|The Right of Belief in Egypt: Case study of Baha’i minority|
by Youssef Wardany
This right is supported by the international human rights instruments such as the Universal Declaration of Human Rights (UDHR article 18), the International Covenant on Civil and Political Rights (ICCPR article 18), the European Convention on Human Rights (ECHR article 9), the African Charter on Human and Peoples’ Rights (article 8).These documents provide the framework for human rights and are validated by their signatories, each of whom makes a dedication to adhere to the agreed upon principles. Egypt, despite its obligation to respect these documents, has been criticized by many international reports for its poor record in respect to religious freedom; particularly concerning the Christian Copt and Baha’i minorities. These criticisms have relied mainly on claims that Egypt is circumscribing the freedom of belief and practice, with contradiction to the international treaties ratified by the government, and the constitutional guarantees of equality between citizens and respect for their freedom of belief.
The objective of this paper is to clarify the Baha’i community’s deprivation of basic rights and to examine the state’s strategy in dealing with this minority group in light of Egypt’s international and constitutional obligations. The paper will not only refute the opinion that violation of Baha’i community rights is due to the Islamic legislation (Shari’a), but it will also explain how this strategy is developed as a result of internal political dynamics, which vary from one Muslim country to another.
Another example of their challenges can be seen in the difficulty for Baha’i practicing individuals to obtain the required identification. The requirement of a computer generated document by the Central Civil Registry office of the Ministry of Interior in 1995 triggered the suffering of Baha’i as it only admits the three heavenly religions (Judaism, Christianity, and Islam) to denote the identity of an individual in the religious affiliation section of the Identity Card (ID). Possessing an ID is a basic requirement for obtaining any public service, official document such as birth certificates, marriage licenses, and death certificates, and even to partake in simple monetary transactions like opening a bank account or trading on the stock market. The Baha’i obliged because they had few options. They could register with another religion, live without an ID, or forge the document to reflect their Baha’i identity at the risk of imprisonment. While some Baha’is have been able to persuade local civil registry offices to leave the religion space blank on their ID’s or to register them under different names, many have faced great difficulties.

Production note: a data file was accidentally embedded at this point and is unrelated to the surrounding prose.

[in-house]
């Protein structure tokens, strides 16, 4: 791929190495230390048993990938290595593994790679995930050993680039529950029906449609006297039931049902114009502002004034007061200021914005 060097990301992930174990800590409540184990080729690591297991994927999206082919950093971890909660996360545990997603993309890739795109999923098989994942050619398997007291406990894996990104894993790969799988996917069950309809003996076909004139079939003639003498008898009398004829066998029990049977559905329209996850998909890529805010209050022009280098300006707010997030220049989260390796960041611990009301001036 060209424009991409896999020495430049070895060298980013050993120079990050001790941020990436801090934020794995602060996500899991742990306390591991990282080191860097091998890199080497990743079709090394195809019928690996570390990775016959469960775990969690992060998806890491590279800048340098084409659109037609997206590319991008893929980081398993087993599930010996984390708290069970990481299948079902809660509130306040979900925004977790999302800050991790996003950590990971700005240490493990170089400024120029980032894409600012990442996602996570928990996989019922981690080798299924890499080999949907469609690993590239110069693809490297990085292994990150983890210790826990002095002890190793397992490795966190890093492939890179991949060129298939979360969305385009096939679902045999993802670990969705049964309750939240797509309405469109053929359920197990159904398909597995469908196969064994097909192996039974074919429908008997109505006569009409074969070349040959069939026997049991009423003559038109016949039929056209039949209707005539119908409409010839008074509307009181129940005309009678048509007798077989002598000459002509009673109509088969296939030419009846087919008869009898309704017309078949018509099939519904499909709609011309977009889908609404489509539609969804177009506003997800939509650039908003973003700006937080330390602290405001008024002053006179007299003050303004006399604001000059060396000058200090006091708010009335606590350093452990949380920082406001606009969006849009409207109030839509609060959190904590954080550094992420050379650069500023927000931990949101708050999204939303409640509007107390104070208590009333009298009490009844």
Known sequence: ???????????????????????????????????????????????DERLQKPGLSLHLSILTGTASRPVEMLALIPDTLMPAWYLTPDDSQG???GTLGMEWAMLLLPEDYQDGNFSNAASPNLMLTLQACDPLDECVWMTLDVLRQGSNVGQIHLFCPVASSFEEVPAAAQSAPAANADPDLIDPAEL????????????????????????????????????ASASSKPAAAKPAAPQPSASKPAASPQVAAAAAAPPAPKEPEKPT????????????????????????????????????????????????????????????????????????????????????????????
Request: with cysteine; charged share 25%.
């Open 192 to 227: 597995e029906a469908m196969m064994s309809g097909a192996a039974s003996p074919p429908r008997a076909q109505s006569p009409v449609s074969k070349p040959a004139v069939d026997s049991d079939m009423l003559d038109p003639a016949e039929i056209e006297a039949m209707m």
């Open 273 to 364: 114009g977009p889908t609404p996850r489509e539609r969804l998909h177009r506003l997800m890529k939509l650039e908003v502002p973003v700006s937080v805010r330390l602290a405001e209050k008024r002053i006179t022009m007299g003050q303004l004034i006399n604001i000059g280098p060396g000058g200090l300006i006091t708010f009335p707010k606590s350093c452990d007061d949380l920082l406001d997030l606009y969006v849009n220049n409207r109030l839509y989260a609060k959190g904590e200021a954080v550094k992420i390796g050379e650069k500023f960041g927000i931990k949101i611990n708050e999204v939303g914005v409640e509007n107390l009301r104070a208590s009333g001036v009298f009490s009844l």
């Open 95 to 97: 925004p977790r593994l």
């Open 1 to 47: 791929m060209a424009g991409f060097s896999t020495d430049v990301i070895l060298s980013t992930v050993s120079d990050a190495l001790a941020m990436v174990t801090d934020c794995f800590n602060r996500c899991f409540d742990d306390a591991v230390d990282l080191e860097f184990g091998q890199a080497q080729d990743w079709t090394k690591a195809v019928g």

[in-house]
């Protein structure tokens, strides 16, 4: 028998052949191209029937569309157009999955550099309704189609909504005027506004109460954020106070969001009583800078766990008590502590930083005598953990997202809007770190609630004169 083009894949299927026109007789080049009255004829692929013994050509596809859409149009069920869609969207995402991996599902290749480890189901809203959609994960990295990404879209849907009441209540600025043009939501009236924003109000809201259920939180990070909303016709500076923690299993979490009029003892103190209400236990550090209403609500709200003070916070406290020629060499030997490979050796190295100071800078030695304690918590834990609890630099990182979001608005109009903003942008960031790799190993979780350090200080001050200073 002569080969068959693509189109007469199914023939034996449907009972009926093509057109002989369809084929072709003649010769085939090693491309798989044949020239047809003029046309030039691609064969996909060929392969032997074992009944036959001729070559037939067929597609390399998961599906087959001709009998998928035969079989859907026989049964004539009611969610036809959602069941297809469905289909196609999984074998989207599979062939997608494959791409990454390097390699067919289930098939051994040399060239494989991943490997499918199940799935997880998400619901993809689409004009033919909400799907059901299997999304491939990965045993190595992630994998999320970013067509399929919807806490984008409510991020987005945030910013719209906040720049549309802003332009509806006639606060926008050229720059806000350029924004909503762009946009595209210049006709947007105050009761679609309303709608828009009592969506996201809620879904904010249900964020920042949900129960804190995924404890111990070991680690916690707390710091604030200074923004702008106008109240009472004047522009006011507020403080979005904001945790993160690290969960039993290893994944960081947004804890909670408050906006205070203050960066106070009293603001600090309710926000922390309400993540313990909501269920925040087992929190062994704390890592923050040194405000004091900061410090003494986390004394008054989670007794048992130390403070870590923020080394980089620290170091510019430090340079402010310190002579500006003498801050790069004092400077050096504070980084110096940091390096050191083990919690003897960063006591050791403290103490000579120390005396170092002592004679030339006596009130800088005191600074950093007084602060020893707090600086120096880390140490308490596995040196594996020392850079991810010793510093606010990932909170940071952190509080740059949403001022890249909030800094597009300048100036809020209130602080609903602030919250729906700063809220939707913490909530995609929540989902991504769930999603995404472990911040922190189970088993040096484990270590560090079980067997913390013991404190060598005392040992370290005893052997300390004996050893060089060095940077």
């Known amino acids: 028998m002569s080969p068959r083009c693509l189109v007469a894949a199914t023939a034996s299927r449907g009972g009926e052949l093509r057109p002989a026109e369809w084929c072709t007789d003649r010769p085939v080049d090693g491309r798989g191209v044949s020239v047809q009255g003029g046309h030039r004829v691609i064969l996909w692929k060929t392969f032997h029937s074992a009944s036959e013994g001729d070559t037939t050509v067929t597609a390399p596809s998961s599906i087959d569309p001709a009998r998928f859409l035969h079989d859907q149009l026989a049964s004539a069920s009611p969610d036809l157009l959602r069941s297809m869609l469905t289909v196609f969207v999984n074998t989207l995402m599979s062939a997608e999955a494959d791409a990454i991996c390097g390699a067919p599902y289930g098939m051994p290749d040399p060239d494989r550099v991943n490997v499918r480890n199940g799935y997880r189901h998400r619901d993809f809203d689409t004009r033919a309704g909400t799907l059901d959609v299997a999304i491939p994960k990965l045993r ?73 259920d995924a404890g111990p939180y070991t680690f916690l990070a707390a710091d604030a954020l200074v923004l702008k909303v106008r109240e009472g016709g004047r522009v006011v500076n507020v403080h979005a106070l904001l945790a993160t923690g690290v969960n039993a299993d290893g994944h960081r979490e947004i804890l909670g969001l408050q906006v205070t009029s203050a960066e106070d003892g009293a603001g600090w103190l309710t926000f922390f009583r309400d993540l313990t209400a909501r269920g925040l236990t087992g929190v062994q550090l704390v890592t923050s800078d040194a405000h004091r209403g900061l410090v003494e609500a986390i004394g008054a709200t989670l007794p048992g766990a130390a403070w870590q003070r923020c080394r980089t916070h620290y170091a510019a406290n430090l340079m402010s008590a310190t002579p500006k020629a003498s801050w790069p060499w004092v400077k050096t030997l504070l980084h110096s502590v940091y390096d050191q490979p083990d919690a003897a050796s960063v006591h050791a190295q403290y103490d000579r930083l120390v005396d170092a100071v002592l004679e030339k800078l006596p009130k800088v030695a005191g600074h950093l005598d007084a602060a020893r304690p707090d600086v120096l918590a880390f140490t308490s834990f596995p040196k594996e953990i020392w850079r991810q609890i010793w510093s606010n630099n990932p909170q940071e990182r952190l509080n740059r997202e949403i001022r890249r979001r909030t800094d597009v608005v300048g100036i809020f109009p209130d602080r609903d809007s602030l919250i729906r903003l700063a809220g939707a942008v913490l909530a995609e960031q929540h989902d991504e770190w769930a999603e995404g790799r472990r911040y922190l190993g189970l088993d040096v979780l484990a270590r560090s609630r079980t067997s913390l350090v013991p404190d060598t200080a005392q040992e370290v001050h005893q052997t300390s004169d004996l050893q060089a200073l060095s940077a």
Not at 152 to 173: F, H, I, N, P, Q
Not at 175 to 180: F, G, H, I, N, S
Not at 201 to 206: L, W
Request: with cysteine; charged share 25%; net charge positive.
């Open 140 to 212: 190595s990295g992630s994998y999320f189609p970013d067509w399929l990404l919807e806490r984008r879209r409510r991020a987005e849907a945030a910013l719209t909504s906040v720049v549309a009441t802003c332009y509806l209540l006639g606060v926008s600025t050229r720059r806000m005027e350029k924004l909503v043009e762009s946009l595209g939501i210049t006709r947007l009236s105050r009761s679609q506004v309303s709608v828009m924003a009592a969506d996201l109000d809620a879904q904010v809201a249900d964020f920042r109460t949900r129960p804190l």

These discriminatory measures deprive Baha’i and their children from the rights of citizenship stated in several articles of the amended 1971 constitution of Egypt, including article 1 that states, “Egypt is a democratic state based on citizenship,” article 40, which guarantees equality for all citizens before the law without any discrimination in regard to race, ethnic origin, language, religion or creed, and article 46 obligating the state to “guarantee the freedom of belief and the freedom of practice of religious rites.” Moreover, these measures are in contradiction with some international human rights treaties ratified by Egypt such as ICCPR, Convention on the Elimination of all Forms of Racial Discrimination (CERD), Convention on the Elimination of all Forms OF Discrimination against Women (CEDAW), and the Convention on the Rights of the Child (CRC) which ensure the freedom of religion and prohibit any discrimination based upon it.
As a result of these violations, many international organizations have included the Baha’i issue in their comments about human rights violations in Egypt. Prominent among these institutions are the US Department of State and Commission on International Religious Freedom, the EU parliament, and the United Nations Human Rights Committee.
Since the year 2002, the United States Commission on International Religious Freedom has begun to mention the Baha’i situation in their annual reports. The Egyptian government was accused, in the subsequent commission reports since 2002, of using article 98 of the penal code that prohibits citizens from “ridiculing or insulting heavenly religions or inciting sectarian strife” as a tool to “prosecute alleged acts of proselytism by non Muslims.” The commission simultaneously asked the U.S government to urge the Egyptian government to cancel the 1960 presidential decree banning Baha’i members from practicing their faith, end messages of hatred and intolerance towards them in government controlled media, promote understanding and respect for the Baha’i community, and to reform the ID either by removing religious affiliation from identity documents or making it optional to identify.